Sitting in a tiny room in the bowels of the gigantic Wellcome Trust building in London, there must have been a brief moment when Martin Murphy questioned his life choices.
It was 2012 and he had just left his comfortable career in venture capital to help the Wellcome Trust write the blueprint for a completely new type of company.
“It was a handshake deal with Bill Castell, who was the chairman of Wellcome,” the 52-year-old recalls. “I turned up and it was me on my own in this little cupboard – well, a tiny room with one small window – to write the plan.
“I said it would take 30 days and it actually took six months to get it done. But, hey, it’s always good to have a target! It was a gamble.”
Murphy wanted to use the financial power and reputation of Wellcome Trust to form a company, now known as Syncona, that would scour the country for the most promising research work. It might sound basic, but it was a radical concept at the time.
The biochemist, who holds a PhD in cancer biology, was attracted to the idea because of his background in venture capital.
Martin Murphy CV
A partner in healthcare VC firm MVM, he had become frustrated at the growing difference between biotechs built in Boston in the US, and those in the UK.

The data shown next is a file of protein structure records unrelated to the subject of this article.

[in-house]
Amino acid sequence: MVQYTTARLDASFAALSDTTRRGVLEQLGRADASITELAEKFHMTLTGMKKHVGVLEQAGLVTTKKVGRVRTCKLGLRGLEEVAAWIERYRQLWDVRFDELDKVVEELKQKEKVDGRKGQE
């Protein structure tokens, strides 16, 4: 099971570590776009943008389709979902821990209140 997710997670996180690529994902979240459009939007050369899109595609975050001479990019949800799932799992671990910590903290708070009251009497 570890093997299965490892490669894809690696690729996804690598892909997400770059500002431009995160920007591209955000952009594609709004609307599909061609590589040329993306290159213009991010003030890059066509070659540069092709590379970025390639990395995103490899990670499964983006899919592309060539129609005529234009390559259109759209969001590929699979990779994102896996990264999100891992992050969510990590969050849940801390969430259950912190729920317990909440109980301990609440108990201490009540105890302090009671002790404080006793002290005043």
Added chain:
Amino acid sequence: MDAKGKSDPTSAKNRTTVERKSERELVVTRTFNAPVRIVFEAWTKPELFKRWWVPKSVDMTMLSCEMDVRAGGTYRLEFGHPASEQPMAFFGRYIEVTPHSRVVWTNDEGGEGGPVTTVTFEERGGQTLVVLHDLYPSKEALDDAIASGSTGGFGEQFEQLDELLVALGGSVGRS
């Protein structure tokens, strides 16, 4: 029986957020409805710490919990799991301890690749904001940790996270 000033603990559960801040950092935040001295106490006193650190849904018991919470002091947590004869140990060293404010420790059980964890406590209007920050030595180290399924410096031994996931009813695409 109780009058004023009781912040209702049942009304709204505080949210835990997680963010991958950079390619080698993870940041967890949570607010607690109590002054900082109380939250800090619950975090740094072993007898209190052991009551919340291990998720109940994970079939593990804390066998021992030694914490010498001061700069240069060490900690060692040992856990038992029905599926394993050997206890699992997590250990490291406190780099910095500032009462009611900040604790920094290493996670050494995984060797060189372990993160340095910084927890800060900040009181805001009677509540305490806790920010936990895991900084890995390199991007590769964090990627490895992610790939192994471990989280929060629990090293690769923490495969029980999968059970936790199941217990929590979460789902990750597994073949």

“The difference was not in the quality of the starting science; the difference was Boston companies were set up with a strategy to fund them all the way into product development, however long that would take, in the expectation that it would be roughly eight to 10 years,” he says.
“In the UK and Europe, the equivalent businesses were being set up with the notion of, ‘I am going to sell this business as quickly as I can to somebody else’, because the holding period for venture capital was only three to four years.
“If taking a product from lab to market takes a decade, you are timed out. It became clear to me that what we needed was longer-term capital and deep capital, and a structure that would let us invest in the beginning when the risk was super high, but continue to invest across eight to 10 years and therefore be there at the end.”
At the time, many of Murphy’s colleagues were puzzled by his ambitions. “I think people rightly said: ‘Is this going to work out? Do you actually know what you are doing and is this sensible?’ I think we have proven that it is.”
Syncona’s market value is now just shy of £1.5bn. Wellcome’s £200m initial investment has yielded a portfolio of 10 companies, the vast majority of which are British. They include Autolus, a cancer treatment company, and gene therapy firm Freeline. Murphy wants to build the portfolio out to 15 to 20 companies, creating two to three a year.
Last month, the Bloomsbury-based company said the value of its portfolio had increased by more than 50pc in 2020.
“Syncona is very UK-focused. We have no constraints on where to invest, but we have exceptional science in Britain. There is a shortage of capital and experienced people, so the lack of competition means we have our choice of the science and, for us, being local is important because we are so hands-on.” he says.